I just recently attended Interop Las Vegas, the largest IT industry Saturnalia this side of CES. I was prepared to write about the latest and greatest solutions that the industry was showing. On the flight down I made my way through Pip Coburn’s The Change Function, a fascinating examination of why technologies succeed and fail. The book is built on the simple yet sagacious premise that “People are only willing to change and accept new technologies when the pain of their current situation outweighs the perceived pain of trying something new”
Wireless was one simple example of new technology success that met the postulate. The real problem that wireless solved was more personal freedom to work when and where you want. I like that. The technical category of “wireless,” however, doesn’t describe a solution it describes the product.
The plane landed and our taxi made its circuitous route from McCarran to the Mandalay Bay convention center. At the show we crossed through the clinging and clanging of slot machines and joined the herd entering the exposition hall. It was at that point I decided to change my approach to this show. Instead of asking each company what they were selling or what product they were announcing or what was their latest demo, my first question was this: What problem do you solve? And so it began…. booth after booth after booth the response as the same. First, a brief pause. Then, the non-answer: “Our product does xyz.” Or worse “Were in the xyz business” OK great, but what pain are you alleviating from my day to day management of my enterprise? I was surprised by the insouciant response.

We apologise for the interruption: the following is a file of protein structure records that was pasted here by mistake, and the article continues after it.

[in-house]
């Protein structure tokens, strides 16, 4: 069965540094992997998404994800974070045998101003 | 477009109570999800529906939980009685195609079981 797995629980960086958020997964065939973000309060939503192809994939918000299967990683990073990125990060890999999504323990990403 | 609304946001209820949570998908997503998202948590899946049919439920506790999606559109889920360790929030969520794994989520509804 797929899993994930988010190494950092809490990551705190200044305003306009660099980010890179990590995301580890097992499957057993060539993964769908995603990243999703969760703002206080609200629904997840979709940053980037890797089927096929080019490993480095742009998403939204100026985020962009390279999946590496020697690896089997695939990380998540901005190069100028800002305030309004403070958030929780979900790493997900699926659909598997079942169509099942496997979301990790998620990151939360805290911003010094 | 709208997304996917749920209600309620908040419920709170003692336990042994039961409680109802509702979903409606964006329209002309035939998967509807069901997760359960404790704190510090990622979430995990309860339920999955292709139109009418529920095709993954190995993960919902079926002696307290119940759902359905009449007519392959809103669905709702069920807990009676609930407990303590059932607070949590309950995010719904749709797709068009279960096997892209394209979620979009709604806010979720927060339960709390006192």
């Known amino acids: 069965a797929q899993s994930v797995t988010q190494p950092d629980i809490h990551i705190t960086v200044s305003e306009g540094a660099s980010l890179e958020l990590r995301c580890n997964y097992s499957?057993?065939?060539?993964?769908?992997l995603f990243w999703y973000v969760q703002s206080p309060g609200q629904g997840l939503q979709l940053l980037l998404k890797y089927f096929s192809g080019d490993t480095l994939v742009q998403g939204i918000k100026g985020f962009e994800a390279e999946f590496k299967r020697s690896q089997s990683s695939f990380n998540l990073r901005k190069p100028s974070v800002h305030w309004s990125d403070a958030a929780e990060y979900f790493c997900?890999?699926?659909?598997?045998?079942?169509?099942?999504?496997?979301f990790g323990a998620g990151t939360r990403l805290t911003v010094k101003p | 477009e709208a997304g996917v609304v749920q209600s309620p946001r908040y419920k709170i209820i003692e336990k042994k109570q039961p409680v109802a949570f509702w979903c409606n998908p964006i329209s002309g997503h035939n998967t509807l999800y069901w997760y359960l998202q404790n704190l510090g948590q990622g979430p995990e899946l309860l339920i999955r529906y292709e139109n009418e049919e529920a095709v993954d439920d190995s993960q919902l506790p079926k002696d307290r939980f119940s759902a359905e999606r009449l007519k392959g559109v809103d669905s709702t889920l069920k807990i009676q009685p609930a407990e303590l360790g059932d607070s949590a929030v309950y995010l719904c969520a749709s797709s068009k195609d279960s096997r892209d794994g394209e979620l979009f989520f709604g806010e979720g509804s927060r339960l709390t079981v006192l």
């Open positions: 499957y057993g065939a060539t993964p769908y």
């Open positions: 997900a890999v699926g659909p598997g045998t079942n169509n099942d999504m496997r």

As the IT industry continues its evolution, it will need to focus on solving problems over describing products. It sounds self evident, but was clearly not apparent at Interop.